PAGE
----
October 9, 2014 1 Comment
Over the past year, Zoo staff and volunteers have been getting ready to celebrate World Rhino Day. This year’s festivities will be held from 10 am to 4 pm on Sunday, September 21. The goal for this event is to raise funds for rhino conservation and increase the public awareness of the major challenges faced in protecting wild rhino populations. The Zoo is proud to exhibit three species of rhino; the African black rhino, the Indian rhino and the Sumatran rhino. Zoo visitors can take part in family activities, animal demonstrations, keeper encounters and a rhino-riffic raffle. The day will start with the official announcement of the winners for our Save the Rhinos poster contest. The day will no doubt be a Rhinotastic success!
The raffle items this year include rhino-themed gift baskets, a one-year membership to the Cincinnati Zoo & Botanical Garden, Rhino Rembrandt paintings artistically designed by the Zoo’s African black rhino ‘Seyia’ and Sumatran rhino ‘Harapan’, a one-of-a-kind Sumatran rhino footprint casting created by keeper and artist Lindsay Garrett, and an amazing print of Sumatran rhino ‘Harapan’ as designed and painted by artist Ali Armstrong as part of her ‘Scarce Project’.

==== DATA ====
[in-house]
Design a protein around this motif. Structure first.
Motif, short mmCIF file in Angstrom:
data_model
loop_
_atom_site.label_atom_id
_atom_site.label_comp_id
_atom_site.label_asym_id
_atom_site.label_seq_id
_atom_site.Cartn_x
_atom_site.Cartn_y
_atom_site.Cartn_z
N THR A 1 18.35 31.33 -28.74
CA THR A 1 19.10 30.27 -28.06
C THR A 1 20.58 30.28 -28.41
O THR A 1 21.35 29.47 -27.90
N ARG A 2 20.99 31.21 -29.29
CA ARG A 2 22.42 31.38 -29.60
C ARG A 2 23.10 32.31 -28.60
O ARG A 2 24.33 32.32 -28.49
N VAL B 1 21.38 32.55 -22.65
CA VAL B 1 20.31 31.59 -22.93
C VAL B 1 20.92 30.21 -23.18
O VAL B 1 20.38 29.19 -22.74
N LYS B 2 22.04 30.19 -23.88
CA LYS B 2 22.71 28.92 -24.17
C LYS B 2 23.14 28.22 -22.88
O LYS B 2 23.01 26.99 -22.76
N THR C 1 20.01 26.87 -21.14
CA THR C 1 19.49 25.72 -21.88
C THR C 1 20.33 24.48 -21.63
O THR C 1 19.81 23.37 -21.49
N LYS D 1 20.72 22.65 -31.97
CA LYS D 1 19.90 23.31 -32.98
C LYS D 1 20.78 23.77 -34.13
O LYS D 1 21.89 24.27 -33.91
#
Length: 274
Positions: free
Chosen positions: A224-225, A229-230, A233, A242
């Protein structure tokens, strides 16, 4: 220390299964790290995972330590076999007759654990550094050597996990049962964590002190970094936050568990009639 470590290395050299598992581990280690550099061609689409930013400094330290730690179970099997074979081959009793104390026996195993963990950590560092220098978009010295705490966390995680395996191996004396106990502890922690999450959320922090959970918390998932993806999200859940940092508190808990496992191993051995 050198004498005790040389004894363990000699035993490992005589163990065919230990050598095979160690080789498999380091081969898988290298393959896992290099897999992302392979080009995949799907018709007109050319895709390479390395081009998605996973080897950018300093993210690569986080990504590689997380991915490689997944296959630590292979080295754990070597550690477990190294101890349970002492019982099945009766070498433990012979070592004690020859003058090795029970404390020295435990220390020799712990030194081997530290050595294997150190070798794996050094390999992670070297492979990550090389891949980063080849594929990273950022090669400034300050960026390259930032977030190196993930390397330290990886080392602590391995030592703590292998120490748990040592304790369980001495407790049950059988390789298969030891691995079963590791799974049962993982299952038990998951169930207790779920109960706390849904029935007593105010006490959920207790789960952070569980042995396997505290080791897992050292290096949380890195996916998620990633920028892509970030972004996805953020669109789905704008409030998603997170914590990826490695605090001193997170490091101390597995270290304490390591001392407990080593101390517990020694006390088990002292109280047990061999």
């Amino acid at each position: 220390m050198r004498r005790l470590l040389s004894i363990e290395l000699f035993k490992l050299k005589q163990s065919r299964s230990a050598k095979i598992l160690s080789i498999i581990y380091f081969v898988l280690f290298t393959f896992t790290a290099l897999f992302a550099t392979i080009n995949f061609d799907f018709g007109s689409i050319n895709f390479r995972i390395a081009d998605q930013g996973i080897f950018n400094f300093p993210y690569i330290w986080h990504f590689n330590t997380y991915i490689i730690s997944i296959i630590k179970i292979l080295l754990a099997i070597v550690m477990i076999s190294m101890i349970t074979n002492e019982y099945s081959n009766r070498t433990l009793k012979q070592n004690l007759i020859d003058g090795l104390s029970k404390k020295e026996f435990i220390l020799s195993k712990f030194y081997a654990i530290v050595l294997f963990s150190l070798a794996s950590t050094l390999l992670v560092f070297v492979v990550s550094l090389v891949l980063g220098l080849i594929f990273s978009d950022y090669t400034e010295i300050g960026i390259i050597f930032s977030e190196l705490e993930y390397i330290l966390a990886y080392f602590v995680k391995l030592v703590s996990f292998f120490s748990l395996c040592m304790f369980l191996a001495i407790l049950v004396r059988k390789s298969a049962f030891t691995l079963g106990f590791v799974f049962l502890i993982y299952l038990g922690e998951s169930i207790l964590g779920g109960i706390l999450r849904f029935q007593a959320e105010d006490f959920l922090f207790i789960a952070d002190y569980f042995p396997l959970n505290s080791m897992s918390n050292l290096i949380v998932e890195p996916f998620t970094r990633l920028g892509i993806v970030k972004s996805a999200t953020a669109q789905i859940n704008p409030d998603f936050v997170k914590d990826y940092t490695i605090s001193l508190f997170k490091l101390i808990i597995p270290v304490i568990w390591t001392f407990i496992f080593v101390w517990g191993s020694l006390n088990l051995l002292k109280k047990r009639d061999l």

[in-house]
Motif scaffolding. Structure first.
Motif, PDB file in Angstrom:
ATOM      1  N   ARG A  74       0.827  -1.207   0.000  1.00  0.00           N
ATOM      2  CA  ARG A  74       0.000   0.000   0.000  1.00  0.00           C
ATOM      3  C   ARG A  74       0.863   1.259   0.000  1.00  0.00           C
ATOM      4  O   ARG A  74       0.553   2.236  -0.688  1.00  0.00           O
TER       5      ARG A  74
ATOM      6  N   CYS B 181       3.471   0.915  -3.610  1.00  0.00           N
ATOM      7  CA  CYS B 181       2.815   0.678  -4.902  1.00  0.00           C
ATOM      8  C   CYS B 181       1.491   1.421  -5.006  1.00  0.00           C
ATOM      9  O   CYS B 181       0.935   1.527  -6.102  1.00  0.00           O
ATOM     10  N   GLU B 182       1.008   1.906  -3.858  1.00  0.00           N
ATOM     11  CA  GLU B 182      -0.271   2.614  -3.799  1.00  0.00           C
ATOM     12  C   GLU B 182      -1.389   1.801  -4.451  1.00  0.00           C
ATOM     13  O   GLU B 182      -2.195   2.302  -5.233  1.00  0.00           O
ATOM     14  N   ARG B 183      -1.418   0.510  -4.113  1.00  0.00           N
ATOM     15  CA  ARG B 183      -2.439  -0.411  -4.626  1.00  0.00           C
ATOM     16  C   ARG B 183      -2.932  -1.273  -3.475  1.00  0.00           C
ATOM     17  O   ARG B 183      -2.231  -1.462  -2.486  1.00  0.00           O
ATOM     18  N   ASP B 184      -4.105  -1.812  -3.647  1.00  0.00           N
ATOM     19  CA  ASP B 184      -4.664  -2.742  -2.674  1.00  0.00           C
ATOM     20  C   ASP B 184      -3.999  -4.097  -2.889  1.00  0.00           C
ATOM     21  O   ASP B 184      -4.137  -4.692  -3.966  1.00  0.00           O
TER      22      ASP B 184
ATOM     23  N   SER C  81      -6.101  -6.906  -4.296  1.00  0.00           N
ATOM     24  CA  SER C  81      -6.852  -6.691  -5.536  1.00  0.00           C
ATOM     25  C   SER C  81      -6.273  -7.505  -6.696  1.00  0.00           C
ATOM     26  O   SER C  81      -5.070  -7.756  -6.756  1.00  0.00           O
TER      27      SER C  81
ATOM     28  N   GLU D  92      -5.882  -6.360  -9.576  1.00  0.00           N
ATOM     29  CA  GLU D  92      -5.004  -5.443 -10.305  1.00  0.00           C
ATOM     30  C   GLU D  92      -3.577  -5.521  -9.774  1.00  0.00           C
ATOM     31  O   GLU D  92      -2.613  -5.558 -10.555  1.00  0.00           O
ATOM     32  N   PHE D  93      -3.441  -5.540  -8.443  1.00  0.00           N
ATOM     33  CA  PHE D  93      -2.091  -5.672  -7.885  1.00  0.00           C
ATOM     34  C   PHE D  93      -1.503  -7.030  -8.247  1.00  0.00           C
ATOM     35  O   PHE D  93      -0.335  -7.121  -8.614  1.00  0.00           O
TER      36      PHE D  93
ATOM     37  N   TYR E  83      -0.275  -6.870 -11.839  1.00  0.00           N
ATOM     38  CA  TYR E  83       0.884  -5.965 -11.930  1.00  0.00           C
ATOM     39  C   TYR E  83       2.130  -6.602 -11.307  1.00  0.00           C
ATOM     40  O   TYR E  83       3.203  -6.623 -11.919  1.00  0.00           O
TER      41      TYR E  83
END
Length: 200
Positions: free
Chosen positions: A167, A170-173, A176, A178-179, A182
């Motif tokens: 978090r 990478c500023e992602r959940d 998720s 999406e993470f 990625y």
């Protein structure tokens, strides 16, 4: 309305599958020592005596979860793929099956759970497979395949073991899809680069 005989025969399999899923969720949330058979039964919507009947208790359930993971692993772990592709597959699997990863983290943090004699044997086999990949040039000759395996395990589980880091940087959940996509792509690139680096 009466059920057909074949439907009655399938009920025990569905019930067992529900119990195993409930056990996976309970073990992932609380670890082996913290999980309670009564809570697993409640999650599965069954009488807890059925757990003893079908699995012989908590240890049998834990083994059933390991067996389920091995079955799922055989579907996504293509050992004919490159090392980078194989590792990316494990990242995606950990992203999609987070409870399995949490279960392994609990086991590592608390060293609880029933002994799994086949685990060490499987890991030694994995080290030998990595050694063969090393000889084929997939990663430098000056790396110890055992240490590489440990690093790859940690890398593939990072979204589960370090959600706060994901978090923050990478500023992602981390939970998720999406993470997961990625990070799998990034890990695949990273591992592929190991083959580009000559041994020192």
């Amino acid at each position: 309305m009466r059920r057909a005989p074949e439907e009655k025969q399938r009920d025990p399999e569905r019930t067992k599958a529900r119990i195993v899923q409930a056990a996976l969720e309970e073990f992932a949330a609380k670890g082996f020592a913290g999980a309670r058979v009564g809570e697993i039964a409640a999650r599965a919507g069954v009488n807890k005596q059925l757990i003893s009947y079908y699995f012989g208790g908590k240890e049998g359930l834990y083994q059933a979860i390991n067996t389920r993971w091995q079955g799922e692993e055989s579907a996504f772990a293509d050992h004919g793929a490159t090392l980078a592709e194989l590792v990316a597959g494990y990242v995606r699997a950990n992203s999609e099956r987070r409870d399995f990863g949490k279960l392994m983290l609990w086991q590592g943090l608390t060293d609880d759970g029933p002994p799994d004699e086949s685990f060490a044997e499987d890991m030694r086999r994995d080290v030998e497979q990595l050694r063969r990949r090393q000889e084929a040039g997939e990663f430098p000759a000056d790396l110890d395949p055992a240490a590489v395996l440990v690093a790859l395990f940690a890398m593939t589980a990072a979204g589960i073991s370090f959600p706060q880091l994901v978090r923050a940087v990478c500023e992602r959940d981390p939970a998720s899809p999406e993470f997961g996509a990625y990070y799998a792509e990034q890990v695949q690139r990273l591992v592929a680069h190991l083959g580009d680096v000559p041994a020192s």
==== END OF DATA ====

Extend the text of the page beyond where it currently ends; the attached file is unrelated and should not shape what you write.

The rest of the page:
Be sure to also come out to the Zoo on Monday, September 22, from 7-9 pm to hear the State of the Rhino Lecture by CREW Rhino Scientists Dr. Terri Roth. Tickets to Dr. Roth’s lecture can be purchased online. A rhino marketplace will take place in the lecture hall before and after the talk and another rhino raffle occur. In addition, renowned children’s book author Mary Kay Carson and photographer Tom Uhlman will be available before and after the lecture to sign copies of their critically acclaimed book, Emi and the Rhino Scientist.